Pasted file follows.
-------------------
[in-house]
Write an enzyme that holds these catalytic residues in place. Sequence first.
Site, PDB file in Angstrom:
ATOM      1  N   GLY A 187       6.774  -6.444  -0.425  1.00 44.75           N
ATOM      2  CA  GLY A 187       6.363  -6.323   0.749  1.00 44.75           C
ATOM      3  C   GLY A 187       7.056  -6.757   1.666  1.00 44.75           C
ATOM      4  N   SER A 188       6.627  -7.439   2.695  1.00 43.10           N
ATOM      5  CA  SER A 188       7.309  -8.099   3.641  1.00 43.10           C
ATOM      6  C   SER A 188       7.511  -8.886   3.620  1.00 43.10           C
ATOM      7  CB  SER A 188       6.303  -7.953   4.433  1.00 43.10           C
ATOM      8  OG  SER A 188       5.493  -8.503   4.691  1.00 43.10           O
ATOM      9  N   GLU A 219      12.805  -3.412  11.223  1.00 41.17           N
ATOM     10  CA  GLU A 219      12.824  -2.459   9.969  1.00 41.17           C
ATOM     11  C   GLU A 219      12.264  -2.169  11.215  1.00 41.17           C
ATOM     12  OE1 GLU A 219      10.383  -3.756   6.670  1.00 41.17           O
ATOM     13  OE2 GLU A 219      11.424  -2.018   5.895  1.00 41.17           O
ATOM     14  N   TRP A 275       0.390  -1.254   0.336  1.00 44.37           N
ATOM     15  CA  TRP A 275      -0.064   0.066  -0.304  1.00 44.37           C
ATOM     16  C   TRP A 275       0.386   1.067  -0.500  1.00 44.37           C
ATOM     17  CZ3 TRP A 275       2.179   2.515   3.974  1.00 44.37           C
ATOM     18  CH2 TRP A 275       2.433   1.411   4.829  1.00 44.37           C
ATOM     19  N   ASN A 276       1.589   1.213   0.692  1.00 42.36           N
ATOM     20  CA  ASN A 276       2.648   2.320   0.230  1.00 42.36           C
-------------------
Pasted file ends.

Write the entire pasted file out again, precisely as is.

[in-house]
Write an enzyme that holds these catalytic residues in place. Sequence first.
Site, PDB file in Angstrom:
ATOM      1  N   GLY A 187       6.774  -6.444  -0.425  1.00 44.75           N
ATOM      2  CA  GLY A 187       6.363  -6.323   0.749  1.00 44.75           C
ATOM      3  C   GLY A 187       7.056  -6.757   1.666  1.00 44.75           C
ATOM      4  N   SER A 188       6.627  -7.439   2.695  1.00 43.10           N
ATOM      5  CA  SER A 188       7.309  -8.099   3.641  1.00 43.10           C
ATOM      6  C   SER A 188       7.511  -8.886   3.620  1.00 43.10           C
ATOM      7  CB  SER A 188       6.303  -7.953   4.433  1.00 43.10           C
ATOM      8  OG  SER A 188       5.493  -8.503   4.691  1.00 43.10           O
ATOM      9  N   GLU A 219      12.805  -3.412  11.223  1.00 41.17           N
ATOM     10  CA  GLU A 219      12.824  -2.459   9.969  1.00 41.17           C
ATOM     11  C   GLU A 219      12.264  -2.169  11.215  1.00 41.17           C
ATOM     12  OE1 GLU A 219      10.383  -3.756   6.670  1.00 41.17           O
ATOM     13  OE2 GLU A 219      11.424  -2.018   5.895  1.00 41.17           O
ATOM     14  N   TRP A 275       0.390  -1.254   0.336  1.00 44.37           N
ATOM     15  CA  TRP A 275      -0.064   0.066  -0.304  1.00 44.37           C
ATOM     16  C   TRP A 275       0.386   1.067  -0.500  1.00 44.37           C
ATOM     17  CZ3 TRP A 275       2.179   2.515   3.974  1.00 44.37           C
ATOM     18  CH2 TRP A 275       2.433   1.411   4.829  1.00 44.37           C
ATOM     19  N   ASN A 276       1.589   1.213   0.692  1.00 42.36           N
ATOM     20  CA  ASN A 276       2.648   2.320   0.230  1.00 42.36           C